Tourism and hospitality businesses that proposed stimulus measures to Prime Minister Prayut Chan-o-cha remain sceptical that the suggestions will be put into practice, as related authorities may be reluctant to help.
The private sector, led by 12 associations, met with the prime minister on Monday at Government House to propose a tourism restoration and transformation plan to revive the industry amid a sluggish market.
Chaiyapruk Thongkam, president of the Association of Domestic Travel, said most of the proposals require approvals from other government agencies, such as visa fee exemptions and extensions of eligible stays for tourist visas and visas on arrival of up to 45 days.
He said these proposals appeared to be dead on arrival as the private sector was told that visa fees are the Foreign Ministry’s main source of income.
The government also could not predict whether tour agencies would offer discounts on packages if the visa fees were eliminated, meaning it was uncertain whether tourists would really benefit from this scheme, said Mr Chaiyapruk.
“We had around an 80% satisfaction level following the meeting, but we have to wait and see how those proposals are dealt with by related agencies,” he said.
“Each organisation may have its own excuses as to why it will not follow the prime minister’s instructions.”
Marisa Sukosol Nunbhakdi, president of the Thai Hotels Association (THA), said the private sector was glad Gen Prayut listened to the industry, but there were no commitments as each issue was assigned to responsible bodies to conduct feasibility studies.
The private sector is concerned proposals that need additional funding might be ignored as the government has a limited budget, she said.
Mrs Marisa said the THA raised concerns about a labour shortage as many Thai staff that were laid off during the pandemic have permanently left the industry.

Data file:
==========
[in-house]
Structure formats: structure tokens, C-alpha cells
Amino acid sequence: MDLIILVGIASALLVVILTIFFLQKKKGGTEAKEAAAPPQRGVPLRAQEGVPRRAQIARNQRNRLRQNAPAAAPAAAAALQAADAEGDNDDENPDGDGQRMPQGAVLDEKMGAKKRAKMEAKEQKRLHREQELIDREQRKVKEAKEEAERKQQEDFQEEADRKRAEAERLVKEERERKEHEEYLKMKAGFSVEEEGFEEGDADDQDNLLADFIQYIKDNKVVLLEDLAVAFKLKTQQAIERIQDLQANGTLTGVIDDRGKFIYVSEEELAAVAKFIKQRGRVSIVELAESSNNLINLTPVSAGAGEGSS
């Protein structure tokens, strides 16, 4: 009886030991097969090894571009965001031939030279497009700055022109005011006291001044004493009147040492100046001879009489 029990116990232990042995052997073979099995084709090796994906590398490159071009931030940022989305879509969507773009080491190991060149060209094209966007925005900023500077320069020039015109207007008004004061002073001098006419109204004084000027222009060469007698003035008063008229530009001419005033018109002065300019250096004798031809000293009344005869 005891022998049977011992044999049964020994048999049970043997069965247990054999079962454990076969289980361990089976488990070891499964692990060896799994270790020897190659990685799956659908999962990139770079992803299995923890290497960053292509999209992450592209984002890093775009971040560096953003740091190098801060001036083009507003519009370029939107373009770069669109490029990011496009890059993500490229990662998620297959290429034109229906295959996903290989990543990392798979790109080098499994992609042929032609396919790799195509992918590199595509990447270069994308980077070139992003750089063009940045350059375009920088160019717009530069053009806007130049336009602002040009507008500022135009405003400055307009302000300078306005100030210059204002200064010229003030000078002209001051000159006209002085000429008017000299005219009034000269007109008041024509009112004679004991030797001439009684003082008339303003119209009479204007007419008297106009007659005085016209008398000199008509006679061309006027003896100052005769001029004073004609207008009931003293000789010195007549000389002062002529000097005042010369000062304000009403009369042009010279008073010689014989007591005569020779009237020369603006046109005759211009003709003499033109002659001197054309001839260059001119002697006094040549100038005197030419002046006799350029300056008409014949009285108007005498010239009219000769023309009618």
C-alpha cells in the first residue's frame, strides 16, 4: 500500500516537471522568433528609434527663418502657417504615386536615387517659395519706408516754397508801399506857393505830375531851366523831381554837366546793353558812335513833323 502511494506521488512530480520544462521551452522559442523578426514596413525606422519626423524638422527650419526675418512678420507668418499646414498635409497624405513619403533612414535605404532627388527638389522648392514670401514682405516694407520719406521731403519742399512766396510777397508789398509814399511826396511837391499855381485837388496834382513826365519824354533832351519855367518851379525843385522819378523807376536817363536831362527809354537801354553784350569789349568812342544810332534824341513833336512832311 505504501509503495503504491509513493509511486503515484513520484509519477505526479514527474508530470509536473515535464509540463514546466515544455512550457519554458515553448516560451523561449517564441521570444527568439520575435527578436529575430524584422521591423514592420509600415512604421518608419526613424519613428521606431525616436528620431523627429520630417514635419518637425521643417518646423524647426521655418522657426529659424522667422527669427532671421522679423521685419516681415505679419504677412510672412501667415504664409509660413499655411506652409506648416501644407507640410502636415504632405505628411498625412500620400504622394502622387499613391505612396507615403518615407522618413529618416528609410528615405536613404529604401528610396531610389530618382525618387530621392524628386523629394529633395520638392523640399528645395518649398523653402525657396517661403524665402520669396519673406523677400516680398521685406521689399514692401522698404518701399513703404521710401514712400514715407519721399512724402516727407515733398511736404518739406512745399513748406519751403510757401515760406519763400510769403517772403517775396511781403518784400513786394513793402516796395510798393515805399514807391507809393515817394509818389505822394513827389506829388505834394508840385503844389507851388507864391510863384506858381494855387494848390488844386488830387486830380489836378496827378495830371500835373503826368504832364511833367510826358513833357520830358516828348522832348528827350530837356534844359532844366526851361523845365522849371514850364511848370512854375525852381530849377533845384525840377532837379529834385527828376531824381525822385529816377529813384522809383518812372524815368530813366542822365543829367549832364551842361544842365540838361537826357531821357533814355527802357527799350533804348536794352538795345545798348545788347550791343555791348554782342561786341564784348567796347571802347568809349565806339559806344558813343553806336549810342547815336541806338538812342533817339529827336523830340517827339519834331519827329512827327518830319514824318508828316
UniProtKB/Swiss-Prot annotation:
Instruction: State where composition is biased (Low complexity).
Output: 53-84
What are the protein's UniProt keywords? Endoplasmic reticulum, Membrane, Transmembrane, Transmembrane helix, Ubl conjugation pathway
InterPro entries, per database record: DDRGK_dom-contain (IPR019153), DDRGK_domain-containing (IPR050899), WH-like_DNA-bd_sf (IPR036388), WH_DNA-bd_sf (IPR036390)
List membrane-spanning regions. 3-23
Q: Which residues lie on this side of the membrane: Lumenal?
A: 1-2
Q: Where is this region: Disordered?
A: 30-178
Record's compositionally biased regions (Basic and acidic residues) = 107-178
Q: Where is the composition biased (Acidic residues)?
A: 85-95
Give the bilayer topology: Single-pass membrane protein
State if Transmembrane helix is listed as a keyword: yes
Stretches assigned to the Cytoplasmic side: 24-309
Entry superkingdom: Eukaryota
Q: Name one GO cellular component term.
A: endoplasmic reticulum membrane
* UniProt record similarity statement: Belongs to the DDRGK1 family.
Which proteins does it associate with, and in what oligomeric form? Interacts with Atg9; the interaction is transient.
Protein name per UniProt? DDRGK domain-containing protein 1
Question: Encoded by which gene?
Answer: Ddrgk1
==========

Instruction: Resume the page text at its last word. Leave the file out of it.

The THA wants an easing of employment rules to allow migrant workers to fill vacancies, but this requires approval from other agencies.
The Labour Ministry has to consider extending the list of unskilled jobs for which migrant workers could be employed, while the Royal Thai Police has to consider a proposal calling for a lowering of the minimum rate to hire foreign professional workers to 20,000 baht per month, from 35,000 baht.
The proposal comprising three categories called ABC (Accelerate travel and tourism spending; Booster shot for business restoration; and Cost-effectiveness strategy) aims to support the tourism industry, which still faces global economic concerns.
Tourism and Sports Minister Phiphat Ratchakitprakarn said even if international arrivals this year reach 10 million, overall revenue from both foreign and domestic travellers might be lower than the ministry’s target of 1.5 trillion baht as average spending has been significantly affected by inflation and surging airfares.
He said the ministry would try its best to coordinate with other state agencies to make the ABC proposal a reality.